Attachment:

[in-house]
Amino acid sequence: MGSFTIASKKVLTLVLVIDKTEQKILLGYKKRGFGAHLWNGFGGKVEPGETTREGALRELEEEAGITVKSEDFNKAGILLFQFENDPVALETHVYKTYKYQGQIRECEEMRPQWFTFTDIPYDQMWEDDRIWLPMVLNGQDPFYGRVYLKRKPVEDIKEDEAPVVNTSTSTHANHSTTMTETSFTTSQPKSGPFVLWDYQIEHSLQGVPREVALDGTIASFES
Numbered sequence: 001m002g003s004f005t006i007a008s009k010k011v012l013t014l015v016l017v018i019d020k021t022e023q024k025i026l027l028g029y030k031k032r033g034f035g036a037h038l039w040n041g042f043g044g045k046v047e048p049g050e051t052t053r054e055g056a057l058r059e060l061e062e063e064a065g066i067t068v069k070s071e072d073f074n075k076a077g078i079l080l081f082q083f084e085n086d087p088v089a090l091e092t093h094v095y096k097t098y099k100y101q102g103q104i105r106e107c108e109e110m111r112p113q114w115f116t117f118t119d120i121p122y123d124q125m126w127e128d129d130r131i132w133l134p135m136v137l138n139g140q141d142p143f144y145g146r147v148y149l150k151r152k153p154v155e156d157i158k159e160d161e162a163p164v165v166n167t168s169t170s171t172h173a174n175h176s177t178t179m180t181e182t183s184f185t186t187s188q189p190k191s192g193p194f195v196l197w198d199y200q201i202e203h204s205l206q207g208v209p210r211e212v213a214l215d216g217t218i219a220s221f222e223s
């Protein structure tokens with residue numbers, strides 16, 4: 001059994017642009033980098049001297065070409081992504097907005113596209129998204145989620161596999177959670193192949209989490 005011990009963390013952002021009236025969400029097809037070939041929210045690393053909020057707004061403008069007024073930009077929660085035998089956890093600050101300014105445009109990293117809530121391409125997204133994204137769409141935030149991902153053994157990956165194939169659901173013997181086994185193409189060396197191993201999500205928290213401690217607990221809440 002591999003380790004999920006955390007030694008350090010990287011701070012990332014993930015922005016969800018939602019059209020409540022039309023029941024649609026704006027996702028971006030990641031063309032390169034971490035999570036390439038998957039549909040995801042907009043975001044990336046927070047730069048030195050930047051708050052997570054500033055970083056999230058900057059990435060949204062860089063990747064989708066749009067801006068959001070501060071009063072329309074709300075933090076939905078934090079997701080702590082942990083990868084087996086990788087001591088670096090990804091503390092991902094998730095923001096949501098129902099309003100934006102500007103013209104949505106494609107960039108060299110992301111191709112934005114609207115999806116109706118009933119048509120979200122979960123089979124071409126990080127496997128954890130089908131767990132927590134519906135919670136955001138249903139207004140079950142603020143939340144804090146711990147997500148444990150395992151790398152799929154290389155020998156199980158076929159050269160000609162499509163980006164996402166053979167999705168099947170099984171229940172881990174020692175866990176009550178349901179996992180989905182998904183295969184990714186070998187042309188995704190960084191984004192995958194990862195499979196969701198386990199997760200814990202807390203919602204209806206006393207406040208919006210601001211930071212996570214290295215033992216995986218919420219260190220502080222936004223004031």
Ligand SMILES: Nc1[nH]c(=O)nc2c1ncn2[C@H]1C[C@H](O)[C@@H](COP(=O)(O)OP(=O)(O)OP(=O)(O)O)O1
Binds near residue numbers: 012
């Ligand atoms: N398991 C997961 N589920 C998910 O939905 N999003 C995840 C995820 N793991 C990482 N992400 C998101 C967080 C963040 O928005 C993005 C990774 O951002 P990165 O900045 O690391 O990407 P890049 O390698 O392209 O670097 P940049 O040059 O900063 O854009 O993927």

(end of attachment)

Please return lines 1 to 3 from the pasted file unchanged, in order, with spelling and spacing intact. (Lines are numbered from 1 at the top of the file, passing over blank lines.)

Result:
[in-house]
Amino acid sequence: MGSFTIASKKVLTLVLVIDKTEQKILLGYKKRGFGAHLWNGFGGKVEPGETTREGALRELEEEAGITVKSEDFNKAGILLFQFENDPVALETHVYKTYKYQGQIRECEEMRPQWFTFTDIPYDQMWEDDRIWLPMVLNGQDPFYGRVYLKRKPVEDIKEDEAPVVNTSTSTHANHSTTMTETSFTTSQPKSGPFVLWDYQIEHSLQGVPREVALDGTIASFES
Numbered sequence: 001m002g003s004f005t006i007a008s009k010k011v012l013t014l015v016l017v018i019d020k021t022e023q024k025i026l027l028g029y030k031k032r033g034f035g036a037h038l039w040n041g042f043g044g045k046v047e048p049g050e051t052t053r054e055g056a057l058r059e060l061e062e063e064a065g066i067t068v069k070s071e072d073f074n075k076a077g078i079l080l081f082q083f084e085n086d087p088v089a090l091e092t093h094v095y096k097t098y099k100y101q102g103q104i105r106e107c108e109e110m111r112p113q114w115f116t117f118t119d120i121p122y123d124q125m126w127e128d129d130r131i132w133l134p135m136v137l138n139g140q141d142p143f144y145g146r147v148y149l150k151r152k153p154v155e156d157i158k159e160d161e162a163p164v165v166n167t168s169t170s171t172h173a174n175h176s177t178t179m180t181e182t183s184f185t186t187s188q189p190k191s192g193p194f195v196l197w198d199y200q201i202e203h204s205l206q207g208v209p210r211e212v213a214l215d216g217t218i219a220s221f222e223s